Detailing its intention to reduce the annual charges on Baillie Gifford US Growth (LSE:USA), a £1 billion stock market listed investment trust, it said: ‘Across our whole fund and trust range, we aim to be as competitive on fees as possible as they are the only element of investment returns which can be guaranteed.’

It’s a powerful statement which I don’t think I’ve ever seen made before by an investment house which practices the art of active fund management (the ability of an investment manager to construct a portfolio that will outperform a chosen benchmark) as opposed to passive investing (where the emphasis is on tracking a chosen stock market index as closely as possible).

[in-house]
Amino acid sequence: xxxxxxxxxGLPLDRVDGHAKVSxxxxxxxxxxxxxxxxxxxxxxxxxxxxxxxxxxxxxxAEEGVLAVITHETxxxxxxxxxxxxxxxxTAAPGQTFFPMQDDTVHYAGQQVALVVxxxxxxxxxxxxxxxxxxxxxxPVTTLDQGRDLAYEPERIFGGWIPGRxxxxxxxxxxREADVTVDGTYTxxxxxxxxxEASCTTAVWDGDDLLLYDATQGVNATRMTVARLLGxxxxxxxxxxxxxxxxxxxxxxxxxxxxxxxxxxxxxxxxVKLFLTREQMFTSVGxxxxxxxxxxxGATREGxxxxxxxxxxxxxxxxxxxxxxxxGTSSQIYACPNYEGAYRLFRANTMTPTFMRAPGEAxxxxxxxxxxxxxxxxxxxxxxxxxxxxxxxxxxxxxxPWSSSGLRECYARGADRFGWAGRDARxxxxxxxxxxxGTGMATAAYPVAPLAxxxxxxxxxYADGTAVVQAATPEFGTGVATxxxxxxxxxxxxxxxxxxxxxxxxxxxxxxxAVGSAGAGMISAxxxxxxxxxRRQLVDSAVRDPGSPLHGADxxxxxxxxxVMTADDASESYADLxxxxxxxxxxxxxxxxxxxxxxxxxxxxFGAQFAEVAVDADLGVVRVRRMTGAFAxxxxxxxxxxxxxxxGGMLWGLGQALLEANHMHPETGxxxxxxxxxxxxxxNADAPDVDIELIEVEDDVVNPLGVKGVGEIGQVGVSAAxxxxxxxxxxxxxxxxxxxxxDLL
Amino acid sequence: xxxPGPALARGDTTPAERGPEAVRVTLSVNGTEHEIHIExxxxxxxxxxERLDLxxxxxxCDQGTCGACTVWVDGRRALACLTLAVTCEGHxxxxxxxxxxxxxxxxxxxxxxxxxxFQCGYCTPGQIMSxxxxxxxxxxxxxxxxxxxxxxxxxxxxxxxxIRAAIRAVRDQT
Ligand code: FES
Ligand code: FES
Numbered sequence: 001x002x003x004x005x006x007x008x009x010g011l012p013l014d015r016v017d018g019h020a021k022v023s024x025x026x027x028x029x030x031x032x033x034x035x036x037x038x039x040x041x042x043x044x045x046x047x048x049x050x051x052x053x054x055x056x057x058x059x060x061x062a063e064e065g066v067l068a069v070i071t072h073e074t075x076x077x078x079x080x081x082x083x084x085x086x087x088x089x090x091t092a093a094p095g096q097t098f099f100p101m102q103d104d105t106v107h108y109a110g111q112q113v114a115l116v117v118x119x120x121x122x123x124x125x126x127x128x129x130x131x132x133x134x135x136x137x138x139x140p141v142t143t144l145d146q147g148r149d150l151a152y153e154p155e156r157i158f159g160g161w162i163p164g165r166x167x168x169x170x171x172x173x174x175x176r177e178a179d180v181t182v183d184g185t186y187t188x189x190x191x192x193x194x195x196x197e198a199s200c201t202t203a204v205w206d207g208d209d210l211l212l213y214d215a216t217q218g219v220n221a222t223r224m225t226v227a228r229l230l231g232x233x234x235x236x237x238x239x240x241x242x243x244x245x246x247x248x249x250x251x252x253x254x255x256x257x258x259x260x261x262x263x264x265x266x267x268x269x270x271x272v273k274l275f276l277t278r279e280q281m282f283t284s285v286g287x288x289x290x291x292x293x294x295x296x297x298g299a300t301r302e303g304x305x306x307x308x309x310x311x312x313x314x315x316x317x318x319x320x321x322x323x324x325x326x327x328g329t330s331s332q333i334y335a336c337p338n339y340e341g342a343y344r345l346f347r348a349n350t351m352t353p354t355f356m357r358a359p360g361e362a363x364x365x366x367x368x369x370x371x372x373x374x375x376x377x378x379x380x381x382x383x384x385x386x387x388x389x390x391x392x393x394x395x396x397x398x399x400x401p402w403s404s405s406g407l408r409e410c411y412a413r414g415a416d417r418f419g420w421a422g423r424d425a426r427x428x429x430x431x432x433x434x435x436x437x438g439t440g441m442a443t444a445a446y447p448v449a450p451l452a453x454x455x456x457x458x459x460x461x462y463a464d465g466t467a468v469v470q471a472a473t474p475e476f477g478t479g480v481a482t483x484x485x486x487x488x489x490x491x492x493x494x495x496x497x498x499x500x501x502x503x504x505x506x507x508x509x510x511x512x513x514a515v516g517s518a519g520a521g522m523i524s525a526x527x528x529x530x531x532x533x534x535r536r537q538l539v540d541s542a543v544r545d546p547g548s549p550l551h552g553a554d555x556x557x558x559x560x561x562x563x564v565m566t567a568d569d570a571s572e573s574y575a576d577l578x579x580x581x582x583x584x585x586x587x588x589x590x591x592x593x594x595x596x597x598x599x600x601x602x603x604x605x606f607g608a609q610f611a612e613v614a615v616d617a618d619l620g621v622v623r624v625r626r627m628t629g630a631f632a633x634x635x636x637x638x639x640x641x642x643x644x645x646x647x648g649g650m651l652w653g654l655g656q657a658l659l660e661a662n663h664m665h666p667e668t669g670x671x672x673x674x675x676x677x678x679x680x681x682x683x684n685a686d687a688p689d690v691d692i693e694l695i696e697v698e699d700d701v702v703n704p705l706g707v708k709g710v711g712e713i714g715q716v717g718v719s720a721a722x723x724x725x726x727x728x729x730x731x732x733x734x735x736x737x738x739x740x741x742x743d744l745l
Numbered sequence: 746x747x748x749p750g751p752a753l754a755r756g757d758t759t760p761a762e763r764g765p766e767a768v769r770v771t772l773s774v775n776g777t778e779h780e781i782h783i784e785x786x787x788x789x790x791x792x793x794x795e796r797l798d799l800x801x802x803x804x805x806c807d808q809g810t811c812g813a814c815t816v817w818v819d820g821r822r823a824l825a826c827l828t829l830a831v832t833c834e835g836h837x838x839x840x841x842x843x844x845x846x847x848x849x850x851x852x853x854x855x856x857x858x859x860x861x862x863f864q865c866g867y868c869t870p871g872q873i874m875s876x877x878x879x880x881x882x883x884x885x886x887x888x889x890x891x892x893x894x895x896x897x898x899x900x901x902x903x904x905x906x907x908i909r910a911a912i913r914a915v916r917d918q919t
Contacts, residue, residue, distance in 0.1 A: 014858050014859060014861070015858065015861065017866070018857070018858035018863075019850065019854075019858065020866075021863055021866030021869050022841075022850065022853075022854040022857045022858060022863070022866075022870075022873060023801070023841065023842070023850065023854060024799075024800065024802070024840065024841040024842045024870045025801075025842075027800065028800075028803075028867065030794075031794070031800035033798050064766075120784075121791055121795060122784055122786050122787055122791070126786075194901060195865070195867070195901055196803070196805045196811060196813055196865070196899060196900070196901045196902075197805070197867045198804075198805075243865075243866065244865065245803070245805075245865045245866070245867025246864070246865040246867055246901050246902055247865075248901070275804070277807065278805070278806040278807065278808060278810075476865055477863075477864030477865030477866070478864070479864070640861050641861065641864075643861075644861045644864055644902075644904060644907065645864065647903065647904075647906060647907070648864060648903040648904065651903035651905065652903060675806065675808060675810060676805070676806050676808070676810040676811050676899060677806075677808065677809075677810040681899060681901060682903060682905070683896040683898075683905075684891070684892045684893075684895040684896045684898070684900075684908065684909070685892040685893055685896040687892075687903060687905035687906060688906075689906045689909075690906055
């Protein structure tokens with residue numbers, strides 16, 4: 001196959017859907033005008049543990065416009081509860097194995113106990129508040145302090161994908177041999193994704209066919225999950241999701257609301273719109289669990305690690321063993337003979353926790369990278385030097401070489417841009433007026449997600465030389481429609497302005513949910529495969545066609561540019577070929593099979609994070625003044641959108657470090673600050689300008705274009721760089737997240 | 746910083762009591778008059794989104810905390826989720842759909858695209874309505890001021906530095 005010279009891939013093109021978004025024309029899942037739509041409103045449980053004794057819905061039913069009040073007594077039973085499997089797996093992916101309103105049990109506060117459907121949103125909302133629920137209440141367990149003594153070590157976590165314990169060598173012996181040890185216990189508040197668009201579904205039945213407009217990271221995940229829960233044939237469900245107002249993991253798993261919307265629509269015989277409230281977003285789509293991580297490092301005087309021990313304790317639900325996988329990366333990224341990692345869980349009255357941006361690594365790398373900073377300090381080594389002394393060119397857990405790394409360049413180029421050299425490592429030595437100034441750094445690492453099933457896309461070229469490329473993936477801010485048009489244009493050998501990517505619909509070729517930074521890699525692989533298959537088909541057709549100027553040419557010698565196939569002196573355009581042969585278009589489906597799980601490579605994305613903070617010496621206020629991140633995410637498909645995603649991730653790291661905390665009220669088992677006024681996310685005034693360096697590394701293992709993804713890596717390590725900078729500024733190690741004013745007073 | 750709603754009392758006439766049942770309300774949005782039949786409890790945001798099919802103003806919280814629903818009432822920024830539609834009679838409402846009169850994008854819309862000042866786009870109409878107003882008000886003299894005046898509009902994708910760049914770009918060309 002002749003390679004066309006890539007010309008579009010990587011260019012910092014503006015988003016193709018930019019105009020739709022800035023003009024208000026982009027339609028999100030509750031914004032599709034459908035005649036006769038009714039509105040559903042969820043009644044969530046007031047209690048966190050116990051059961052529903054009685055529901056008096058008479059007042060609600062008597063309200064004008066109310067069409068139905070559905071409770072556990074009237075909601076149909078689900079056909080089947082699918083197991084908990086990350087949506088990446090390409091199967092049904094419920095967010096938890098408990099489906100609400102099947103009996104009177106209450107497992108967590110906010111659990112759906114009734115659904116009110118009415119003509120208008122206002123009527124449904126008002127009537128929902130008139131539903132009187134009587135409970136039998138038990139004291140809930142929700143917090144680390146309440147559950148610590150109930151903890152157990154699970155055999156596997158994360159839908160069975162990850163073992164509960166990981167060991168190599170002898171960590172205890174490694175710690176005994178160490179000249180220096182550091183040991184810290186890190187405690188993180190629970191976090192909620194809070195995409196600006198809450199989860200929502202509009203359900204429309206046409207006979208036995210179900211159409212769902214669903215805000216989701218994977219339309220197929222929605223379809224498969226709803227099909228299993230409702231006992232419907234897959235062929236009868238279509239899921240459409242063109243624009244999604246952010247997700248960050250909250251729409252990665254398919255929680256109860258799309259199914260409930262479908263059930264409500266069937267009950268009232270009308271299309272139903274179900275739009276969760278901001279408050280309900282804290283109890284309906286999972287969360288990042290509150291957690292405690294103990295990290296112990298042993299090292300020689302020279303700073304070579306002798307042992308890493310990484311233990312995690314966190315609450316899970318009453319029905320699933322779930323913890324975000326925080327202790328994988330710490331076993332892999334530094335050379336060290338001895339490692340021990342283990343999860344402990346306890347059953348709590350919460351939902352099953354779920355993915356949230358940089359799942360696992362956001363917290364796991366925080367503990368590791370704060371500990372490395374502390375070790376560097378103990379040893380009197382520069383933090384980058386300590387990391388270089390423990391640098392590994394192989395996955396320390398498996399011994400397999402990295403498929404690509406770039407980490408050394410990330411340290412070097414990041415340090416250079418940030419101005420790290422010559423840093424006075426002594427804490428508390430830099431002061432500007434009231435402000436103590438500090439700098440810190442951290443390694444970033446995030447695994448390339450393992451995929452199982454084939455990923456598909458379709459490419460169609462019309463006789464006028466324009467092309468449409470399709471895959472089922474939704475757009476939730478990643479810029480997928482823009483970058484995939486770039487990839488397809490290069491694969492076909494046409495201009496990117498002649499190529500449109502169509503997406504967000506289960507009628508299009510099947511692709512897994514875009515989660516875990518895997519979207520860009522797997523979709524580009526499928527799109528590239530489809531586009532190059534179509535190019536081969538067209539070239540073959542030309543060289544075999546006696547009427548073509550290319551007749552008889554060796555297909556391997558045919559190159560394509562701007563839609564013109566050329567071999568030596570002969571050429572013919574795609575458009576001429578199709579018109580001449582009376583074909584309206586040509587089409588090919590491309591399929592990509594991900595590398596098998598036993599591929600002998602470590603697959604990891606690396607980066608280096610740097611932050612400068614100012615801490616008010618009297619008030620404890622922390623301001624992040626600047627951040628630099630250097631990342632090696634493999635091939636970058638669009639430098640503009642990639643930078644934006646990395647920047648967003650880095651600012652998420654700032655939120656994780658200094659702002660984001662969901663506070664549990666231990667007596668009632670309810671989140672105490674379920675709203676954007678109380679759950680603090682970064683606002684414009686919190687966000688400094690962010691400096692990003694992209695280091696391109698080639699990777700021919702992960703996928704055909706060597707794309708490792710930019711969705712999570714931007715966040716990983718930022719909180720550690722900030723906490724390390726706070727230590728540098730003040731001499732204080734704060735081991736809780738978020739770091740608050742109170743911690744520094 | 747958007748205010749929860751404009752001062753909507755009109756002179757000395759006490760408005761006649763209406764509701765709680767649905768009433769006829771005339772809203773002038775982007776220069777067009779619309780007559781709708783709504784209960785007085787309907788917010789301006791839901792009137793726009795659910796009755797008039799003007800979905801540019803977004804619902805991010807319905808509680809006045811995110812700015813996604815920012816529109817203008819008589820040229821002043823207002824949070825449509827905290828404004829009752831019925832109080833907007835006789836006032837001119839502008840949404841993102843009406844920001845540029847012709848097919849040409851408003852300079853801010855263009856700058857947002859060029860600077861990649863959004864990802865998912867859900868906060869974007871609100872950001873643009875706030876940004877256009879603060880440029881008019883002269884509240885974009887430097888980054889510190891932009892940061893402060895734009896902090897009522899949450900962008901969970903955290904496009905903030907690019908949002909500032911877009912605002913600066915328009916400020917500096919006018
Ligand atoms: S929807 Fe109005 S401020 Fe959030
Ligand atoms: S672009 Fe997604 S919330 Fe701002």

Usually, active fund managers tend to defend high charges on the grounds that their work involves a vast amount of research and investment brainpower. In contrast, passive management is computer-based and the investment outcomes more predictable. As a result, the big differentiator is not investment return but fees.

Deconstructing Baillie Gifford’s words, its message read as follows: ‘The only part of a fund manager’s investment return that is a given is the annual fee. Everything else is in the laps of the investment gods. Yes, good investment managers can outperform their benchmarks more often than not, but they can’t fight bear stock markets. Yet, come stock market hell or nirvana, the annual investment charge is levied and reduces investors’ returns. Our objective, therefore, is to keep it as low as possible.’

All rather decent and investor friendly of Baillie Gifford, I would say. But if it can trim its annual charges, then why can’t other investment managers which run banks of investment funds or investment trusts?